A honeybee “visits” an average of 7,000 flowers a day, playing a huge role in pollinating flowering plants, some of which are food for people, too. The honeybees and the remaining 2,500 pollinators face various challenges and threats: poisoning, relocation of their habitats and a lack of a variety of food in the wild – to name a few – all caused by human activities.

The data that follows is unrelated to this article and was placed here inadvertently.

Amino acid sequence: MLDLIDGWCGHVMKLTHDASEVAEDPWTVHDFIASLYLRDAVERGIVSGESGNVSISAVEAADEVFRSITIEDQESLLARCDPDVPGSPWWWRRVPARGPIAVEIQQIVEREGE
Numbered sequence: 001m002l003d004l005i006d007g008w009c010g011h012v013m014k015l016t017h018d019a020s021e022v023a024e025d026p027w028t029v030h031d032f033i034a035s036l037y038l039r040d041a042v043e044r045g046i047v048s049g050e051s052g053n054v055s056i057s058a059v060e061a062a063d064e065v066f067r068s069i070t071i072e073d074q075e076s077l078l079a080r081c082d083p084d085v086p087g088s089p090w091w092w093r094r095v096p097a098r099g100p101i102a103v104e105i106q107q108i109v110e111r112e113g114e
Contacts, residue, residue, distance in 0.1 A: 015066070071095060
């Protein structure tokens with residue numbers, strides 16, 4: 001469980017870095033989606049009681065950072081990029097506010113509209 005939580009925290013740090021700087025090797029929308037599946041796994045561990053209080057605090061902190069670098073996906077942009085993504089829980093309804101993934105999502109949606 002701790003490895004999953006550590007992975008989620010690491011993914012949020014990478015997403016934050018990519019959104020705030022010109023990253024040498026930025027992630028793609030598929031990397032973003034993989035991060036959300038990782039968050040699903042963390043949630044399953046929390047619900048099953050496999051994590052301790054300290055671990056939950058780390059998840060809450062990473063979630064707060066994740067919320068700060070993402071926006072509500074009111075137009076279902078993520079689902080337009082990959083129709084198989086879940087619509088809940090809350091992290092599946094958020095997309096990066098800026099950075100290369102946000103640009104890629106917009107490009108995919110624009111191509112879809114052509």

The honeybee is known for the following: it collects nectar from the plants and delivers it to the hive, then processes it – in order to obtain our so-beloved honey. In addition to nectar, the bees bring pollen to the hive, known as bee pollen product. When a bee stores bee pollen in the wax honeycomb, it goes through lactic acid fermentation and the so-called Bee Bread is created (obtained) – yet another very popular bee product. In addition to nectar and pollen, bees also collect resins. The latter are secreted from some species of plants, and bees collect it, mix it with pollen and wax, and the final product is bee propolis (glue), used for covering/plugging holes in the hive, as well as lining the entire hive with a thin layer from the inside in order to protect the hive from the growth of spores of diseases and microorganisms. The beeswax we so highly value and use for our wax candles is produced by the bees themselves, by a special gland of theirs. Bees use beeswax as a building material for constructing their hexagonal cells where they raise larvae or store food supplies.

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